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Angelica's Juniper is going to be such a pretty garment in spring — especially when paired with a full skirted fit & flare dress like the one she's wearing in these photos.

I'm so looking forward to seeing Angelica's rainbow of Junipers, I would very much heart that <3>


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I've seen this Michael Miller fabric around and have been eyeing up a length for myself (I shared a beautiful Gable Dress by Emily made up in this exact fabric on Instagram a few months ago...) and I was so pleased when I saw Vanessa use it to make her cropped Juniper.

I love the contrast of the pink button bands, cuffs and waist band, and the addition of the pink snap buttons really do just top it off.


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Even though Lise didn't end up being a fan of the fabric she chose, I love how it looks in pictures! The subtle shimmer of the threads really does catch your eye and you can see that there is something different about the shoulder line, so it draws you in to have a closer look.

I can't wait to see the grey wool jersey version Lise has in mind (when she finds the perfect fabric. If you know of any, leave a link in the comments, I'm sure Lise would be very grateful!)


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It's getting cold down here now, and after seeing all of these amazing Juniper Cardigans, I think I might need to lock myself away in my sewing room for a bit and whip up another for the chilly mornings ahead...

xx
J
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New Pattern Release - The Ostara Top

Wednesday, March 7, 2018



With a sweeping U-shaped or delicately pleated sweetheart neckline, The Ostara Top is the prettiest wardrobe essential you always knew you needed.


The Details

Ostara's classic and comfortable silhouette is the perfect base layer for any outfit. Flattering elbow-length or long sleeves will take you from day to night, through all of the seasons of the year.

The elegant wide set neckline is designed to keep bra straps covered, whether you choose to keep it simple with the U-shaped neckline or go a little more nostalgic with the sweetheart neckline.

Made with stretch knits, The Ostara Top is the ultimate 40s-inspired dressy t-shirt - hugging your body in all the right places for a flattering and comfortable fit.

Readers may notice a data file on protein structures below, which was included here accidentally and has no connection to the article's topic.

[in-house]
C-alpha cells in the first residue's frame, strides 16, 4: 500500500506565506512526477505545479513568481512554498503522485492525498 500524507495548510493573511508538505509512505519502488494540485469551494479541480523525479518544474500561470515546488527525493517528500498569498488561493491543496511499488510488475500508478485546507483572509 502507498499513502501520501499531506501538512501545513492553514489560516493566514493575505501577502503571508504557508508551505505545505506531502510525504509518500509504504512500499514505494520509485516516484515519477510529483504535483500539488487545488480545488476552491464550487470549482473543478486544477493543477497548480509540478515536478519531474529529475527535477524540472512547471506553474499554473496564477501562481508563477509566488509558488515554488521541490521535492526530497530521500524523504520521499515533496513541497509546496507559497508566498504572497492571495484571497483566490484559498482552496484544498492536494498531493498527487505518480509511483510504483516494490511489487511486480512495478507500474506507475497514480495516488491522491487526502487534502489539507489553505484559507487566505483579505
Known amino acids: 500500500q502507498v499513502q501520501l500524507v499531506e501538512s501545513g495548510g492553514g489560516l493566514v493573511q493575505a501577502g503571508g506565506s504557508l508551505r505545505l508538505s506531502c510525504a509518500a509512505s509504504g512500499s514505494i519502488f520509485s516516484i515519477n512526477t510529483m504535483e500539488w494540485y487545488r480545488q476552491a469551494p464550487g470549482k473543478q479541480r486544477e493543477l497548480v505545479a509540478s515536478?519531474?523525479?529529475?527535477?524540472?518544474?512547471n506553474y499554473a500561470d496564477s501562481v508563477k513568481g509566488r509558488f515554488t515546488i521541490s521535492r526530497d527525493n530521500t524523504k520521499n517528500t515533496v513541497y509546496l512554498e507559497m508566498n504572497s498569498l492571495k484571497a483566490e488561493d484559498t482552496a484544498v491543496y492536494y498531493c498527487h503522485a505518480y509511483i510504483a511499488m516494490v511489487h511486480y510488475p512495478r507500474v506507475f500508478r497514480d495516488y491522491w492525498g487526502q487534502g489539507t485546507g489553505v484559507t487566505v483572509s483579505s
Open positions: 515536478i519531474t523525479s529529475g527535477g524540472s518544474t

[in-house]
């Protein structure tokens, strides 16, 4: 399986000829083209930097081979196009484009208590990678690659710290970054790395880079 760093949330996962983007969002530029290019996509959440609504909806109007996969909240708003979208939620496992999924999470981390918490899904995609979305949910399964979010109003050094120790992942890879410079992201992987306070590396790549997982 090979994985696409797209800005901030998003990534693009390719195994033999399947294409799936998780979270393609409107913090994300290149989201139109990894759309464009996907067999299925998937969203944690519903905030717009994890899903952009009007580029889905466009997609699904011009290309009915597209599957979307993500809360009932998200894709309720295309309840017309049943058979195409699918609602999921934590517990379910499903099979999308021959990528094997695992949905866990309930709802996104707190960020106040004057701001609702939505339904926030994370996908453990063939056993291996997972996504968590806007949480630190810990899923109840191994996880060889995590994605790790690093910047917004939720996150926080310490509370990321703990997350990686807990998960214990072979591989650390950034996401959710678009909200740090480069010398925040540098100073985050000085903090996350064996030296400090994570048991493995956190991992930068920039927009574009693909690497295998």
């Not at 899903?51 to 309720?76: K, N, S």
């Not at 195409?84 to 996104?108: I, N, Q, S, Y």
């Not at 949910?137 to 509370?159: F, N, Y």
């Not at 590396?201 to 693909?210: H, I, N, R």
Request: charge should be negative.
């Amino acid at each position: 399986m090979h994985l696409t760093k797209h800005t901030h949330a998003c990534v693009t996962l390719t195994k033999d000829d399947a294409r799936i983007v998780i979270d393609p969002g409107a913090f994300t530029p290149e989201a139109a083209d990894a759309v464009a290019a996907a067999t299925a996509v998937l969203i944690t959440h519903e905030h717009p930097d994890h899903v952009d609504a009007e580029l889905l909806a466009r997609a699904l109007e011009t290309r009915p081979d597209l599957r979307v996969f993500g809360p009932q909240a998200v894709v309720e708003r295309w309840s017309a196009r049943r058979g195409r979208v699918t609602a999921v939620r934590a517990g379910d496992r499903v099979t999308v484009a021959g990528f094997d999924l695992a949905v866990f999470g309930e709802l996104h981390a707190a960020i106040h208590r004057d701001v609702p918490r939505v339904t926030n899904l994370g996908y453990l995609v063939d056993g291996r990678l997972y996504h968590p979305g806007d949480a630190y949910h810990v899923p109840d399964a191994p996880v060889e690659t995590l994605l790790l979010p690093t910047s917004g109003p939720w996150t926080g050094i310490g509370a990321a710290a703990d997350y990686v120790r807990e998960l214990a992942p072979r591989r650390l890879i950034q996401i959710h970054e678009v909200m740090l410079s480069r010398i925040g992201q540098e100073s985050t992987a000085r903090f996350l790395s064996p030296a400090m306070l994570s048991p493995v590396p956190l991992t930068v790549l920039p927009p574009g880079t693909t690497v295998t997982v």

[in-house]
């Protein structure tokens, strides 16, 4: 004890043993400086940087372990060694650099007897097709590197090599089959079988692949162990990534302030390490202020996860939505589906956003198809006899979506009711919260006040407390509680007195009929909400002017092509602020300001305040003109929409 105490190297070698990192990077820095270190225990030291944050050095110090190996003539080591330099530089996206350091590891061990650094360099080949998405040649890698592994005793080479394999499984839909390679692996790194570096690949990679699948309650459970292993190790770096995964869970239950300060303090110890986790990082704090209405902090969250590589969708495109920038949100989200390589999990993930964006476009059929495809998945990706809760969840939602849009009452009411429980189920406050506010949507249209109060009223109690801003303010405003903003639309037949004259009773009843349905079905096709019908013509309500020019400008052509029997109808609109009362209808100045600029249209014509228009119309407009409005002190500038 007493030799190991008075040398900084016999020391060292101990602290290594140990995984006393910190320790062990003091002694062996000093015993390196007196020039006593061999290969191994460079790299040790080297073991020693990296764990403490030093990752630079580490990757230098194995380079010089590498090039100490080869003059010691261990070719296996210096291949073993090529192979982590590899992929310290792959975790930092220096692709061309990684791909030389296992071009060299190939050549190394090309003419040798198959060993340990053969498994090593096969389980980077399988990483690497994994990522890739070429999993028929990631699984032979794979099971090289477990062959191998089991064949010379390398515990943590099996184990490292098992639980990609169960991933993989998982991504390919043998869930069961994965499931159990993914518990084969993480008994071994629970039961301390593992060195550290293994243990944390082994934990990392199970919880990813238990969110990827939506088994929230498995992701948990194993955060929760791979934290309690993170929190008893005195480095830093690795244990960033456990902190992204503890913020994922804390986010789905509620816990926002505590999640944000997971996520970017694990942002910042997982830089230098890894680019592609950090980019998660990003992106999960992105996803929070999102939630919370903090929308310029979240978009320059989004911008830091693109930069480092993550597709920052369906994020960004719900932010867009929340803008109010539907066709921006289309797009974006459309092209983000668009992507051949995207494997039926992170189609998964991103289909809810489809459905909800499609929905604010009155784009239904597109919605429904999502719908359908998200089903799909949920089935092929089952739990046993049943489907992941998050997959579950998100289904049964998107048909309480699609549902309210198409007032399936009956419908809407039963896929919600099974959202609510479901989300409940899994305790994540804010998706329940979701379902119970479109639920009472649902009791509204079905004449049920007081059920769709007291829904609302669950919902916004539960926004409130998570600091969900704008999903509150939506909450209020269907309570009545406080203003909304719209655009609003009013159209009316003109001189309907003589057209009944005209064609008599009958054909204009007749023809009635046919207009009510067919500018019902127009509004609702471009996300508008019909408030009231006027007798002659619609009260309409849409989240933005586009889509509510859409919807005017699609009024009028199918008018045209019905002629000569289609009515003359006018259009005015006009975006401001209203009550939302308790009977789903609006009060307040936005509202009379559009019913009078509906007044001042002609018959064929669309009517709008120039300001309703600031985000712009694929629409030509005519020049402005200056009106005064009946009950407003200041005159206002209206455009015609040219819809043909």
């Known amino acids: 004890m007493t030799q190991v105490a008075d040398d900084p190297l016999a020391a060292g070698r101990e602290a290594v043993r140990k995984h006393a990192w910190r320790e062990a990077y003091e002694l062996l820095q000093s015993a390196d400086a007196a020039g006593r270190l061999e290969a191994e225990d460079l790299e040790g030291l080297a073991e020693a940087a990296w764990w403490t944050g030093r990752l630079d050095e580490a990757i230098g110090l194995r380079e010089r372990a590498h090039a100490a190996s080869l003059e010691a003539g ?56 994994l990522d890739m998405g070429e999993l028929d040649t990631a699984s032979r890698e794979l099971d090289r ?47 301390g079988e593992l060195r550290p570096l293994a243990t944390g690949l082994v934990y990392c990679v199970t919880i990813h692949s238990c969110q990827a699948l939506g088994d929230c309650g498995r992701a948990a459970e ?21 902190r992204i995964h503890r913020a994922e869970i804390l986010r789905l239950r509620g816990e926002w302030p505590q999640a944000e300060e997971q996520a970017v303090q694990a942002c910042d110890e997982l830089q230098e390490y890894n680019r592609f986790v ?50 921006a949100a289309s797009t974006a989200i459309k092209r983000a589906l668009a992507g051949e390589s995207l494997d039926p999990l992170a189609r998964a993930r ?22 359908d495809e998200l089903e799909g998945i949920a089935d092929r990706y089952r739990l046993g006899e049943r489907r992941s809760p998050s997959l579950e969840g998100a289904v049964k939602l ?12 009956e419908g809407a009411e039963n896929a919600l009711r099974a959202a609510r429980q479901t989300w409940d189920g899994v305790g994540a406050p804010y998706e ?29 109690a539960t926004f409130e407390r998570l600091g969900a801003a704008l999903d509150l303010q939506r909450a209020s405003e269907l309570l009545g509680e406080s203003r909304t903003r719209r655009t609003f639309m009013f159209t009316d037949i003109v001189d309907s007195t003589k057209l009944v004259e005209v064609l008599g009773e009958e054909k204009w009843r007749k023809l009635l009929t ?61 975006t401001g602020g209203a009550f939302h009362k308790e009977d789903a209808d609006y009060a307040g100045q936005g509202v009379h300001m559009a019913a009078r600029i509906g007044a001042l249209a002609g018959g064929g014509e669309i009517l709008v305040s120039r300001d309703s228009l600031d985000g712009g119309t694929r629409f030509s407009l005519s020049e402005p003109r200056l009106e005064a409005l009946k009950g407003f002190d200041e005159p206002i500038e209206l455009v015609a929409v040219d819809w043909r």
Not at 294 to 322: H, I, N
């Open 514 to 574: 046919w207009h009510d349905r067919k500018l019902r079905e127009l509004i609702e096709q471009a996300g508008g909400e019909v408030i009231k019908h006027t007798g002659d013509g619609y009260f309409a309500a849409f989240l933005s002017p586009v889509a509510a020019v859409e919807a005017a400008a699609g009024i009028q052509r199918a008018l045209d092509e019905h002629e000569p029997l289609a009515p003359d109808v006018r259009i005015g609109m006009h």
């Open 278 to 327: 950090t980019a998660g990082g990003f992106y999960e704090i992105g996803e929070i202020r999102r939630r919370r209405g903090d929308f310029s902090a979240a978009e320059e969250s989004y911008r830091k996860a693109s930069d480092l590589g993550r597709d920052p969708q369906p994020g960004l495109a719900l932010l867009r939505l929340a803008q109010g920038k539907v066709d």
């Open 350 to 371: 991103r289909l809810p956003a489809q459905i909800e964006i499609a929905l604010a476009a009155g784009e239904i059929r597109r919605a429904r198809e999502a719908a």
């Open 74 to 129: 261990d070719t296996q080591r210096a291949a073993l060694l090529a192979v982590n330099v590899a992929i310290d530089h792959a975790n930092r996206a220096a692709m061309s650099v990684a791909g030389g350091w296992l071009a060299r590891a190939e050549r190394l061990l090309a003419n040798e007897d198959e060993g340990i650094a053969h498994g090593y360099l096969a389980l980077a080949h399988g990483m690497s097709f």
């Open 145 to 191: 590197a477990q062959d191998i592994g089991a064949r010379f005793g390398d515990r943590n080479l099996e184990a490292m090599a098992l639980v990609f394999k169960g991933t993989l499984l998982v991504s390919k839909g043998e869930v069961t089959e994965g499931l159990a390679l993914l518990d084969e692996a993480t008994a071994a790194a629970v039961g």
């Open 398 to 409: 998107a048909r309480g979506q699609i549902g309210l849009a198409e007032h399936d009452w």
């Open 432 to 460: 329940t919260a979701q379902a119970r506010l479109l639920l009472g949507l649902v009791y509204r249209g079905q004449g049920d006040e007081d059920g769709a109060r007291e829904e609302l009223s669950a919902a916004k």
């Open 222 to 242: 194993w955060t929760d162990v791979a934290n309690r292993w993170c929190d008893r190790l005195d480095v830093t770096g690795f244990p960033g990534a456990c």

Skill Level

Ostara is a great pattern for confident beginners. The U-neckline eases you into sewing with knits, and the sweetheart neckline lets you extend the pattern base with a few extra steps.

Note: Video tutorials on adding Tailor's Tacks specific to Ostara, as well as inserting neckline pleats for the sweetheart neckline, will be available in a few weeks.


Fabric Options

Look for lightweight knit fabrics with good recovery. Knits should have a minimum of 40% stretch as Ostara has in-built negative ease, particularly across the bust.

When using a fabric with 40% stretch, Ostara will fit bust cups A to D.

The Ostara Top was drafted using a 95% cotton 5% lycra spandex knit with a weight of 180GSM (grams per square metre).


The Layers Function

Both Print-at-home and Print Shop Ostara pattern files now include the Layers Function.

You can choose to turn on and off any number and combination of pattern sizes to suit your personal needs and preferences. Check out page 3 of your Ostara instructions for a full step-by-step tutorial on using this handy little function.




Purchase Ostara!

You can purchase your very own Ostara Top sewing pattern for just $11 USD directly from my shop using the button below.


Links to your Ostara Top pattern will be emailed directly to you. You'll be able to choose from the easy-to-assemble A4/Letter version OR the A0/Print Shop version (or both!).

I'd love to see your Ostara tops in action, tag me on Instagram or use the hashtag #OstaraTop so I can see and share your makes.

Hope you like the new pattern :)

xx
J